The newest 48,000 square-foot data center for LightEdge in Altoona will serve Iowa residents and companies.
It just needs graduates from Iowa colleges to hire.
Des Moines-based LightEdge provides enterprise-grade cloud services, colocation and consulting for Iowa companies. Its second data center in Altoona sits across from its current 30,000-square-foot data center building and between data centers for Facebook and Microsoft.
On Wednesday, LightEdge CEO Jim Masterson, COO Jeff Springborn and CSO Jake Gibson took Iowa Governor Kim Reynolds, Lt. Governor Adam Gregg and about 15 high school students in cyber security programs on a tour of the new facility.
This second data center has two 10,000 square-foot data center suites, with plans for two more.
It cost $30 million to construct.
Recruiting is tough
Masterson said LightEdge is a company made up primarily of engineers, they just have a tough time finding employable ones.
“There’s a tremendous shortage right now,” Masterson said. “We do a lot of recruiting out of the local community college and the local universities. Some of the guys in our network operations center here are from the DMACC program.”
His message to the students: Jobs are available.
“You future in this space is so bright,” Masterson says. “You cannot find people nearly in the numbers we need that are as bright as we need.”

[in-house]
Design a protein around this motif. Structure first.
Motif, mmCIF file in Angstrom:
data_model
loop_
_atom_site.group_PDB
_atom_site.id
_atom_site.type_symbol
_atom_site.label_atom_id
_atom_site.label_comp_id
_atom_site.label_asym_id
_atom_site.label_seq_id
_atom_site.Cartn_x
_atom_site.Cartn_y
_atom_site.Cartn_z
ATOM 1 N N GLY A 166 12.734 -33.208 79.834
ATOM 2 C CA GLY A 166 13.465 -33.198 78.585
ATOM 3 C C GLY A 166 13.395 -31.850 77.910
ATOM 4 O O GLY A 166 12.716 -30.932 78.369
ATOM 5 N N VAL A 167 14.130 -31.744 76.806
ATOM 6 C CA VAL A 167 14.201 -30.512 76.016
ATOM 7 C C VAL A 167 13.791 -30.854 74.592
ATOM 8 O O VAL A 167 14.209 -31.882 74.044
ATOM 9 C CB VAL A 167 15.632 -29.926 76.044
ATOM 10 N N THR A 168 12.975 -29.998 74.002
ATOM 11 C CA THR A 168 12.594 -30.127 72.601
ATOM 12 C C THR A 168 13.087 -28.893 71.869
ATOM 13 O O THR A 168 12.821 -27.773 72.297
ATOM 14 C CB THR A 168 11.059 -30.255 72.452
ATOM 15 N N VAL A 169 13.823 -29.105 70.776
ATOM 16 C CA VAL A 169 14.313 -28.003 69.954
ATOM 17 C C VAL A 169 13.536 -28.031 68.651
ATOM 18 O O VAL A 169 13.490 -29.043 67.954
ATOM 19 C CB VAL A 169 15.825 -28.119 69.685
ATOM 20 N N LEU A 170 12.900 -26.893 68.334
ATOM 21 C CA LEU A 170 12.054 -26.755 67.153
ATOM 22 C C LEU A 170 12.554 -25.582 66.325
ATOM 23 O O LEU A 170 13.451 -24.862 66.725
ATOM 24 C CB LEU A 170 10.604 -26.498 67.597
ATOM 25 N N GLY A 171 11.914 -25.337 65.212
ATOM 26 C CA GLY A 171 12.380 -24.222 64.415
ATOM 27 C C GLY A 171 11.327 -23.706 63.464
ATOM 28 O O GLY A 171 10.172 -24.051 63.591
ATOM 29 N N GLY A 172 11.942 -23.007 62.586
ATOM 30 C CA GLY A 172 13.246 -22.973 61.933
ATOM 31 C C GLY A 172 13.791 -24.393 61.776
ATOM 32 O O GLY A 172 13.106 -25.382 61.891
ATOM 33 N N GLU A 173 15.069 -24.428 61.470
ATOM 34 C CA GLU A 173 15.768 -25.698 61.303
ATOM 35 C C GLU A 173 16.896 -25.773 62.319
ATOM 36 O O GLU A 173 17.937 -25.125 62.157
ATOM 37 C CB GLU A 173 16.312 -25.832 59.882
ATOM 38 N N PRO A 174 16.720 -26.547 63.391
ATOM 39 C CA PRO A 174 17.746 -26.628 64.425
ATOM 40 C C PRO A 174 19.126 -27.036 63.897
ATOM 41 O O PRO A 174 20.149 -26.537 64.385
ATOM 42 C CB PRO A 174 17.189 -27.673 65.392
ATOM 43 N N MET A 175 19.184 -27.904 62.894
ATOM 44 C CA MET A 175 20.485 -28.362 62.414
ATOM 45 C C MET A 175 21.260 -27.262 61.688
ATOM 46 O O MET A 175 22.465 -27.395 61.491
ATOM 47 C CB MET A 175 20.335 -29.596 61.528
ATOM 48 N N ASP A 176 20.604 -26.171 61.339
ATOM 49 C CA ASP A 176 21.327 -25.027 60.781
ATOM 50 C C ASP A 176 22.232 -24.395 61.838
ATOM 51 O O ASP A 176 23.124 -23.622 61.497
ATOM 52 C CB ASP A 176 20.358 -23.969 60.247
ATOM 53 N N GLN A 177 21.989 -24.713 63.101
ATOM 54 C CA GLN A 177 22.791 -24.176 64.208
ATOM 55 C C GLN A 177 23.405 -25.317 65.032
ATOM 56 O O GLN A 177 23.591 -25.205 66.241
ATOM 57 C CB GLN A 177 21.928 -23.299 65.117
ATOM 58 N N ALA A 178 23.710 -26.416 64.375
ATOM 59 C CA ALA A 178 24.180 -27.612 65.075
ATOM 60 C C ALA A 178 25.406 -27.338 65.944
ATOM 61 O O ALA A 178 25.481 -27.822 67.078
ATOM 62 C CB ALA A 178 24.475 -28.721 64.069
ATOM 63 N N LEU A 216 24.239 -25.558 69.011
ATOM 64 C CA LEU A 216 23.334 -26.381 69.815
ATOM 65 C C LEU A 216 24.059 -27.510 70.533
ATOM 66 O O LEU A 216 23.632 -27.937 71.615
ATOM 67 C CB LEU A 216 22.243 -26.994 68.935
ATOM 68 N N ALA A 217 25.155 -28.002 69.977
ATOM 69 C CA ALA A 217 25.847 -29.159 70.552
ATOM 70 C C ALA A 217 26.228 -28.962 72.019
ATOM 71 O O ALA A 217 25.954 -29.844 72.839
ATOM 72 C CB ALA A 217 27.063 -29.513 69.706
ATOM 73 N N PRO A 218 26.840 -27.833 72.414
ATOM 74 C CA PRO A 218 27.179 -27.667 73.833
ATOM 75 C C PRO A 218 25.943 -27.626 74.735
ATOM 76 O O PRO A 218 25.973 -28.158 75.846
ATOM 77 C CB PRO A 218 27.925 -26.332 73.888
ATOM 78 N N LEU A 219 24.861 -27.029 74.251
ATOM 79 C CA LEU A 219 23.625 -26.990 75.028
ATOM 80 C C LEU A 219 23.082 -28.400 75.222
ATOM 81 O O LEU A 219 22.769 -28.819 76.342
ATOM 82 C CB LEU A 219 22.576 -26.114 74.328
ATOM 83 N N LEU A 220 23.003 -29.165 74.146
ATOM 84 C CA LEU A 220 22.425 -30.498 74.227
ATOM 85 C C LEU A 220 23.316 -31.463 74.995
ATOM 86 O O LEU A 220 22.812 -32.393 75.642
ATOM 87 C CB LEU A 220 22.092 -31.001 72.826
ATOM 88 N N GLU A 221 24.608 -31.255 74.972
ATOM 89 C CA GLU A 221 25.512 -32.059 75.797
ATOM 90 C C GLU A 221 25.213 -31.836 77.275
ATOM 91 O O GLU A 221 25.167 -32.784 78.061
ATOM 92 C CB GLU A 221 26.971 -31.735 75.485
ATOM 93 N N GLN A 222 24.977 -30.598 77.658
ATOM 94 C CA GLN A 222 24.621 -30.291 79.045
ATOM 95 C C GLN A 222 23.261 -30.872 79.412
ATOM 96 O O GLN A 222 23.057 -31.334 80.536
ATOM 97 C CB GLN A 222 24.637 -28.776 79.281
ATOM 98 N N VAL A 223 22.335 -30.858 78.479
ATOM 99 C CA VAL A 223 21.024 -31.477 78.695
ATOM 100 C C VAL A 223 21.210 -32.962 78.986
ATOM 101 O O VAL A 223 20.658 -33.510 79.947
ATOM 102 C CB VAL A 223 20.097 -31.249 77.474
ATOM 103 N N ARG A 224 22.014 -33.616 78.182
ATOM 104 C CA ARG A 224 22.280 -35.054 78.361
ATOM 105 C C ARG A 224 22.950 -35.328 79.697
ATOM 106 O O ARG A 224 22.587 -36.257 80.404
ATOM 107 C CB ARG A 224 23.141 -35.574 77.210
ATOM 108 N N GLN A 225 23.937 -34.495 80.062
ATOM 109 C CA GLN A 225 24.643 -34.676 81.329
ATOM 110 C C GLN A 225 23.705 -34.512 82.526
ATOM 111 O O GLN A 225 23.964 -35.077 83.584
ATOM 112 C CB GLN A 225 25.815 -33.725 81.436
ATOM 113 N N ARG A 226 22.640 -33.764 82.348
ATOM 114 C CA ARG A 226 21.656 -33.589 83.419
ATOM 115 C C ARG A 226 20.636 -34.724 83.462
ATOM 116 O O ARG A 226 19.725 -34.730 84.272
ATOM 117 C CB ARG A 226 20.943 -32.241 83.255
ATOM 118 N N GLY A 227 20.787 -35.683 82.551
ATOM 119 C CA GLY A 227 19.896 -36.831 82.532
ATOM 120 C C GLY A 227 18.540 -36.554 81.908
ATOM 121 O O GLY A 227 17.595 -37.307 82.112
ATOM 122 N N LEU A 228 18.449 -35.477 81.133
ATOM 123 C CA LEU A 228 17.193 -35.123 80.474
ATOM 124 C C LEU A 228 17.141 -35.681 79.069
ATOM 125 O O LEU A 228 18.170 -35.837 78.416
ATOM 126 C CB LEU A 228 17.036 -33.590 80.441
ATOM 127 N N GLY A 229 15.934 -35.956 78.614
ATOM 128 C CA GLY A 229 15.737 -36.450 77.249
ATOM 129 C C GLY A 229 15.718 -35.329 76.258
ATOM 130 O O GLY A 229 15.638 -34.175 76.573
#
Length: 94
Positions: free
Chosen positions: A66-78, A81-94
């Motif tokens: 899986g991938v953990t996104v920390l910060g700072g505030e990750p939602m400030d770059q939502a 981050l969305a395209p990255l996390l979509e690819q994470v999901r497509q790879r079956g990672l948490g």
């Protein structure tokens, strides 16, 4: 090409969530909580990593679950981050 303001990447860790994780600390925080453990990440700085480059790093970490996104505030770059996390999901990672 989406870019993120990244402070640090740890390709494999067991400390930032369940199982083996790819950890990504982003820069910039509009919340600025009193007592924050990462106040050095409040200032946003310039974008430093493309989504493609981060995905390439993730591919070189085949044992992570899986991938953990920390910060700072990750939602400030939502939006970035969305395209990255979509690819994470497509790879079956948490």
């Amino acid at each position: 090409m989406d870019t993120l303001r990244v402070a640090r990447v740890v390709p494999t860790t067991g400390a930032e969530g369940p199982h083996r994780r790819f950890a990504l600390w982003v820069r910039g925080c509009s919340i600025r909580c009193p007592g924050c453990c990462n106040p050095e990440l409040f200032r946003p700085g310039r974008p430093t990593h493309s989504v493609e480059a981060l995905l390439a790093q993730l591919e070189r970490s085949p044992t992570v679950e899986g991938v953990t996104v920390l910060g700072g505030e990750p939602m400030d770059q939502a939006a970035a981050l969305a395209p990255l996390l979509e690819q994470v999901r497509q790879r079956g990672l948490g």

Springborn said LightEdge supports programs that develop sources for talent.
“We need people who know network, cloud, IT, security, all of those types of skillsets,” Springborn said. “We’re big supporters of developing the skillset in this market place. The shortage here in Iowa is more skilled workers. We can’t find enough.”
So the workforce came to them
That shortage is why Sam Oppel—Information Technology Instructor for the Des Moines School District—brought 15 students to tour the LightEdge data center Wednesday.
Students can take classes in cyber security, mobile app development and game design.
He said the tour hopefully got the kids excited about a career in IT.
“And then keeping them in Iowa,” Oppel said. “That’s another big push for a lot of businesses in Des Moines. There’s a lot of cool stuff happening in IT here in Des Moines, there’s no reason to leave.”
Oppel said classes meet every-other day for three hours.
“Our courses line up with DMACC’s cyber security program,” Oppel said. “So they are taking DMACC college courses in high school and getting college credit.”
Gage Akes is in the ‘Cyber Security 1’ and Joshua Spencer is in the ‘Cyber Security 2’ program at Central Campus.
Akes is learning about hardware and connecting different things. Spencer is in the more advanced class, learning networking, configuring routers and about the physical connections.
Both were excited to check out the LightEdge data center and see what a data center looks like.
“When my teacher told me I thought it sounded cool,” Spencer, 16, said.
“It’s really intriguing all the stuff you can do,” Akes, 15, said. “I wanted to come visit one for myself.”